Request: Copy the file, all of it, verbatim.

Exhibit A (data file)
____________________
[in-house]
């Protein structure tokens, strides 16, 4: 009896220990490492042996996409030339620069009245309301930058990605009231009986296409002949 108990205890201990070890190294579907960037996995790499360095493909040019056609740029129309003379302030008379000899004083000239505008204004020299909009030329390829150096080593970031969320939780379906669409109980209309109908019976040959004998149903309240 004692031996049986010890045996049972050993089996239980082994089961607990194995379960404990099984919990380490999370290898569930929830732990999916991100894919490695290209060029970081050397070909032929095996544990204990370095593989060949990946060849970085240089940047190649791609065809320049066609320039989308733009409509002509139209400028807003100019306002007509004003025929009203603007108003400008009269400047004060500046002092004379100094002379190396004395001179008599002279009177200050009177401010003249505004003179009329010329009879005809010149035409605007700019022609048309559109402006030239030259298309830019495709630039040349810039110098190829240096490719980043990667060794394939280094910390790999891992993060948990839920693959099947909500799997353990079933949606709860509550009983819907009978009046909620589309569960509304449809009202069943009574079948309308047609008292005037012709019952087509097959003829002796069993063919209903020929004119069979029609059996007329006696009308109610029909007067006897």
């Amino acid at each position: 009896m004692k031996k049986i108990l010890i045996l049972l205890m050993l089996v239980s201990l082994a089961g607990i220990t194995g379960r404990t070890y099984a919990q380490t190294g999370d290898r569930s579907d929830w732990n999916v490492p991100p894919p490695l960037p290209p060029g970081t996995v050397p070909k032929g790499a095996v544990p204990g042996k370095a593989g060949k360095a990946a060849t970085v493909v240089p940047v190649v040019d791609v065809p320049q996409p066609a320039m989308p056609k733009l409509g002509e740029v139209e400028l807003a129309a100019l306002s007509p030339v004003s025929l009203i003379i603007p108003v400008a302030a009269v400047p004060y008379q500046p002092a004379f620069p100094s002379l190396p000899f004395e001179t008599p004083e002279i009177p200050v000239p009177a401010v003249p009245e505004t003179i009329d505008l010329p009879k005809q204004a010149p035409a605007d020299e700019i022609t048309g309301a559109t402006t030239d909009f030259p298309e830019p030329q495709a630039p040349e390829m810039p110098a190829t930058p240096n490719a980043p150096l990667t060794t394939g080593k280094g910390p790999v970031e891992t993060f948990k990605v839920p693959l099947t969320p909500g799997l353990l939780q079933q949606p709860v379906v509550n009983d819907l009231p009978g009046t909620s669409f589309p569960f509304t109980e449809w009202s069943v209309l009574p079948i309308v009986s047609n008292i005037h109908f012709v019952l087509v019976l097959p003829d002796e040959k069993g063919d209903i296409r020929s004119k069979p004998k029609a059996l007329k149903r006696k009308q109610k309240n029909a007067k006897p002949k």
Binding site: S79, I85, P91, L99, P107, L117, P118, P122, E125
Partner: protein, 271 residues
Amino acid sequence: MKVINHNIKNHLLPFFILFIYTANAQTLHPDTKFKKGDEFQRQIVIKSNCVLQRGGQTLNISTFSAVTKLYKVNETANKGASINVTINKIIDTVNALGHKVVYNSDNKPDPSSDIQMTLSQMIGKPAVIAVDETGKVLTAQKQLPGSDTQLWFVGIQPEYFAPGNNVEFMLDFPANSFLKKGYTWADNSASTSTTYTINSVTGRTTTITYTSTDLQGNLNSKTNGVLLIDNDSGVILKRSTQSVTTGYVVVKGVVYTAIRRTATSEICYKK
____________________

[in-house]
């Protein structure tokens, strides 16, 4: 009896220990490492042996996409030339620069009245309301930058990605009231009986296409002949 108990205890201990070890190294579907960037996995790499360095493909040019056609740029129309003379302030008379000899004083000239505008204004020299909009030329390829150096080593970031969320939780379906669409109980209309109908019976040959004998149903309240 004692031996049986010890045996049972050993089996239980082994089961607990194995379960404990099984919990380490999370290898569930929830732990999916991100894919490695290209060029970081050397070909032929095996544990204990370095593989060949990946060849970085240089940047190649791609065809320049066609320039989308733009409509002509139209400028807003100019306002007509004003025929009203603007108003400008009269400047004060500046002092004379100094002379190396004395001179008599002279009177200050009177401010003249505004003179009329010329009879005809010149035409605007700019022609048309559109402006030239030259298309830019495709630039040349810039110098190829240096490719980043990667060794394939280094910390790999891992993060948990839920693959099947909500799997353990079933949606709860509550009983819907009978009046909620589309569960509304449809009202069943009574079948309308047609008292005037012709019952087509097959003829002796069993063919209903020929004119069979029609059996007329006696009308109610029909007067006897």
């Amino acid at each position: 009896m004692k031996k049986i108990l010890i045996l049972l205890m050993l089996v239980s201990l082994a089961g607990i220990t194995g379960r404990t070890y099984a919990q380490t190294g999370d290898r569930s579907d929830w732990n999916v490492p991100p894919p490695l960037p290209p060029g970081t996995v050397p070909k032929g790499a095996v544990p204990g042996k370095a593989g060949k360095a990946a060849t970085v493909v240089p940047v190649v040019d791609v065809p320049q996409p066609a320039m989308p056609k733009l409509g002509e740029v139209e400028l807003a129309a100019l306002s007509p030339v004003s025929l009203i003379i603007p108003v400008a302030a009269v400047p004060y008379q500046p002092a004379f620069p100094s002379l190396p000899f004395e001179t008599p004083e002279i009177p200050v000239p009177a401010v003249p009245e505004t003179i009329d505008l010329p009879k005809q204004a010149p035409a605007d020299e700019i022609t048309g309301a559109t402006t030239d909009f030259p298309e830019p030329q495709a630039p040349e390829m810039p110098a190829t930058p240096n490719a980043p150096l990667t060794t394939g080593k280094g910390p790999v970031e891992t993060f948990k990605v839920p693959l099947t969320p909500g799997l353990l939780q079933q949606p709860v379906v509550n009983d819907l009231p009978g009046t909620s669409f589309p569960f509304t109980e449809w009202s069943v209309l009574p079948i309308v009986s047609n008292i005037h109908f012709v019952l087509v019976l097959p003829d002796e040959k069993g063919d209903i296409r020929s004119k069979p004998k029609a059996l007329k149903r006696k009308q109610k309240n029909a007067k006897p002949k």
Binding site: S79, I85, P91, L99, P107, L117, P118, P122, E125
Partner: protein, 271 residues
Amino acid sequence: MKVINHNIKNHLLPFFILFIYTANAQTLHPDTKFKKGDEFQRQIVIKSNCVLQRGGQTLNISTFSAVTKLYKVNETANKGASINVTINKIIDTVNALGHKVVYNSDNKPDPSSDIQMTLSQMIGKPAVIAVDETGKVLTAQKQLPGSDTQLWFVGIQPEYFAPGNNVEFMLDFPANSFLKKGYTWADNSASTSTTYTINSVTGRTTTITYTSTDLQGNLNSKTNGVLLIDNDSGVILKRSTQSVTTGYVVVKGVVYTAIRRTATSEICYKK